Attorney: Stabbing was self-defense
WILLMAR -- Miles David Edinburgh was a scared teenager who ran from two bigger, stronger men who had assaulted him and were chasing after him. When 21-year-old football player Adam Milton caught the younger, smaller Edinburgh, he "had to use the knife," according to Edinburgh's defense attorney.
"That's what he did. He acted in self-defense," Public Defender Joseph Parise said during his opening statements to the jury in Edinburgh's trial for Milton's stabbing death. "You'll have to look at it and determine if it was justifiable force."
Edinburgh, now 19, of Willmar, is on trial on a single second-degree murder charge in Kandiyohi County District Court. The jury and two alternates, eight men and six women, were seated early Friday afternoon. The trial, before District Judge Jon Stafsholt, continues Monday.
Milton died at Rice Memorial Hospital after being stabbed twice in the chest during a verbal and physical exchange with Edinburgh during an early morning incident July 20, 2008, near Evergreen Ridge Apartments.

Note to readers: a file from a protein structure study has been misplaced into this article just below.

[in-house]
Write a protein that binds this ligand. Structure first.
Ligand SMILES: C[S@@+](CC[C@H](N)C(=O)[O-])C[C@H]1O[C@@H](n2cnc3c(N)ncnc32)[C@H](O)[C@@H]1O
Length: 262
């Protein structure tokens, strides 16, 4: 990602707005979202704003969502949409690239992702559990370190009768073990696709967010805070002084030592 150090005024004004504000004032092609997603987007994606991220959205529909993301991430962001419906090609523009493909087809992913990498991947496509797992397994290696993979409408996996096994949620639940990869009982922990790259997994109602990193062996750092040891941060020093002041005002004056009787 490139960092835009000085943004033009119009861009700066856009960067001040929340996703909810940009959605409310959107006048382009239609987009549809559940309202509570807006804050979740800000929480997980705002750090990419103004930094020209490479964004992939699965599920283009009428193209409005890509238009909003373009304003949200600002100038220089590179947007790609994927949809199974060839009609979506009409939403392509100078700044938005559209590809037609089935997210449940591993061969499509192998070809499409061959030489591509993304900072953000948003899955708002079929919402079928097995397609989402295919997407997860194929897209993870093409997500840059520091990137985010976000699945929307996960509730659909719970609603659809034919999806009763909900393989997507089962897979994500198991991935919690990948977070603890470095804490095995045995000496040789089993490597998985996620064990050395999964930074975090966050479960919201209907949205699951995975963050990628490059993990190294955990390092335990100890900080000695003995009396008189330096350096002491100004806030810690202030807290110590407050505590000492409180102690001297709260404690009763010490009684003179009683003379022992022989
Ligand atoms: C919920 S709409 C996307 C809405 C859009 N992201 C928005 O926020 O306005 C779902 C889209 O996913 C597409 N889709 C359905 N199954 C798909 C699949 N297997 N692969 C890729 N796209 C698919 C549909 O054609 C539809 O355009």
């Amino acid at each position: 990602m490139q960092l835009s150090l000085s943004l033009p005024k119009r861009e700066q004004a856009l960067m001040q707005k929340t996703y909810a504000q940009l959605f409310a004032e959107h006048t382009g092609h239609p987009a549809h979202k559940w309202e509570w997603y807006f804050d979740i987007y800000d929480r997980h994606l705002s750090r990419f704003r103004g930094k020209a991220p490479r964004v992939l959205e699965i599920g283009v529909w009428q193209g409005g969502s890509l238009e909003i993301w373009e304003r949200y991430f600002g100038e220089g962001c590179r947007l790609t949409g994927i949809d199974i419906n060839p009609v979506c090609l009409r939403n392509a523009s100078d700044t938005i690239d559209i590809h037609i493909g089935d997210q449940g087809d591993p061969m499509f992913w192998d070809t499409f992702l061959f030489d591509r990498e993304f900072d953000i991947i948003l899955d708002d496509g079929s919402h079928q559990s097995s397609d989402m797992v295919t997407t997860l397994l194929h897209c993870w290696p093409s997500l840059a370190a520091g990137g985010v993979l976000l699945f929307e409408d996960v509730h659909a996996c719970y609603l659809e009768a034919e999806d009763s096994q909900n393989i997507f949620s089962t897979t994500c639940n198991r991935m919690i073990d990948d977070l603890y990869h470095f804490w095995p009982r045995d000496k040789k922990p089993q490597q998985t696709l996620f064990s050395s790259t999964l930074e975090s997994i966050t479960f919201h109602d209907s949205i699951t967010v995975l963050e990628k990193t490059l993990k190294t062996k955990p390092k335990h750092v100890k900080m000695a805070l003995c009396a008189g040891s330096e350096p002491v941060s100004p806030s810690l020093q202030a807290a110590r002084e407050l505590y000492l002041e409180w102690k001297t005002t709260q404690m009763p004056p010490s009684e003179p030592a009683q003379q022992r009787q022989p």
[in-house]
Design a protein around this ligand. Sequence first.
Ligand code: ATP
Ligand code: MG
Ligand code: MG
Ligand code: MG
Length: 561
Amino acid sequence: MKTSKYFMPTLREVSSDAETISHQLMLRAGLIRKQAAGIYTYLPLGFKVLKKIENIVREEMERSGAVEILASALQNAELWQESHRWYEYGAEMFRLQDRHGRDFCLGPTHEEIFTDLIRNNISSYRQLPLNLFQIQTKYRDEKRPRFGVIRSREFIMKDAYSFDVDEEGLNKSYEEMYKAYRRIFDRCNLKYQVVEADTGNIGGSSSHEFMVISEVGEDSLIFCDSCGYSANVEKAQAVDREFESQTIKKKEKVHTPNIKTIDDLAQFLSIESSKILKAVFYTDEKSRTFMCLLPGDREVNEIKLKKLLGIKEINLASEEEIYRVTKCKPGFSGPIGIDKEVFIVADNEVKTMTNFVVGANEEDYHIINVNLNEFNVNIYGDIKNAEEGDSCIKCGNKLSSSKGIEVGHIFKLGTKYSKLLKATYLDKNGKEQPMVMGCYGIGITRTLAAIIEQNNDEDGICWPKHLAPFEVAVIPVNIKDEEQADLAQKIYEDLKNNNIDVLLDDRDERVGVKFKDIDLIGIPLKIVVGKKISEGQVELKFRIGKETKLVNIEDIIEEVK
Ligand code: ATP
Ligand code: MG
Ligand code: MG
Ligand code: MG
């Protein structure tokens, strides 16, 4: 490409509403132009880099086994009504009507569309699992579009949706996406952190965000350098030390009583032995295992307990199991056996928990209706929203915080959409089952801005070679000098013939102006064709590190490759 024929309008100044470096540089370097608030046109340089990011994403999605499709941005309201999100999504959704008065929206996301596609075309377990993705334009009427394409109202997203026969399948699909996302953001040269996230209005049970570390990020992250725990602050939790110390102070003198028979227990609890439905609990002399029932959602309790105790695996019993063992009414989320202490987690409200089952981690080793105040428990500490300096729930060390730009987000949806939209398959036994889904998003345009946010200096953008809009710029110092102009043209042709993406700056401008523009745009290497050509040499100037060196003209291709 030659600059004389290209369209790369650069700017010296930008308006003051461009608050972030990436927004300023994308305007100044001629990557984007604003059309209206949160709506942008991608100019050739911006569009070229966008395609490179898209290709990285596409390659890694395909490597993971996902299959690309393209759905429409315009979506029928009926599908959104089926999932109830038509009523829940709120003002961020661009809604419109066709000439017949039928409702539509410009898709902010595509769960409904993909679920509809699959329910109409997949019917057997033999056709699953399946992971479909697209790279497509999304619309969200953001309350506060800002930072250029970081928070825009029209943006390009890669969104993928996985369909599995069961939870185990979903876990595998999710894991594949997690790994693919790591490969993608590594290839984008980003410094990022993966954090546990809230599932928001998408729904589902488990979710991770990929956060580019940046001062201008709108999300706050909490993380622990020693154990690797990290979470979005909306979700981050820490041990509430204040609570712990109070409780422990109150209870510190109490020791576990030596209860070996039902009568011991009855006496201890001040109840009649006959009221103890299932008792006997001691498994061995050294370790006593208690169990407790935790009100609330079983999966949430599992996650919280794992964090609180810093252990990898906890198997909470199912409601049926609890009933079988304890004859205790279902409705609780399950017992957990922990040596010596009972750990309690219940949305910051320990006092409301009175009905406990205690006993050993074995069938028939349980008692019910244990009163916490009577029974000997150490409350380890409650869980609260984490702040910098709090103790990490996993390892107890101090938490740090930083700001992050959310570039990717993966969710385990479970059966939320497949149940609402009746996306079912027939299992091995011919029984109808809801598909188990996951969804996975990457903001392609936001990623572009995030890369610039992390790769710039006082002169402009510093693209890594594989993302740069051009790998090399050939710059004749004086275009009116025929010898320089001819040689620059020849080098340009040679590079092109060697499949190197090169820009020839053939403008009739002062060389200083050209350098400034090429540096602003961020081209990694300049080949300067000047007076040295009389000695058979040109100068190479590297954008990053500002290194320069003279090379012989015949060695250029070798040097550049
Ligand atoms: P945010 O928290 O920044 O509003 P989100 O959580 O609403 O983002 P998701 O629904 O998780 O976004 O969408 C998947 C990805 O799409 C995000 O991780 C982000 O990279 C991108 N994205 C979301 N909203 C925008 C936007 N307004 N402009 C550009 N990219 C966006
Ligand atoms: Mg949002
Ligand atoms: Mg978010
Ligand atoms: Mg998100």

Edinburgh, 17 at the time, was charged as a juvenile. Last October, Stafsholt ordered he be certified as an adult. The case was put on hold while that decision was appealed. In April, the Minnesota Court of Appeals affirmed the adult certification.
Parise told the jury that the case was about a physical attack, on Edinburgh, that went bad. Milton could have let Edinburgh go and let him run away, Parise said. However, the wide receiver with 4.4-second speed in the 40-yard dash ran the teenager down.
"(Edinburgh) ran for his life and he got chased down," Parise said. "(Milton) had opportunity after opportunity after opportunity to let this go. He didn't."
First Assistant Kandiyohi County Attorney Connie Crowell, who is prosecuting the case, told jurors Milton's death was a homicide, not self-defense.
No one else in the group of young people gathered at the Evergreen Apartments had a weapon, she said. "But the defendant had a knife," Crowell said. "This was a fist fight, if anything. What he (Edinburgh) turned it into is murder."
Milton was one of several Ridgewater college students and football players gathered at a party that night, Crowell said. Edinburgh and others came to their door and were told to leave. The altercation, in the building's parking lot, between Milton and Edinburgh was preceded by an altercation between Edinburgh and LW Rashawn Frost, who is a witness in the case.
Crowell said that Edinburgh's racial comments angered Frost, who then hit the younger man, who fell to the ground. He then ran away, with Milton, and Frost, chasing him. "Adam's faster," she said. "Sadly, he's faster."
After Milton caught Edinburgh, he was stabbed twice, including a fatal injury that damaged Milton's left lung and heart, Crowell said. "He plunged that knife in twice with a third blow that just missed," she said.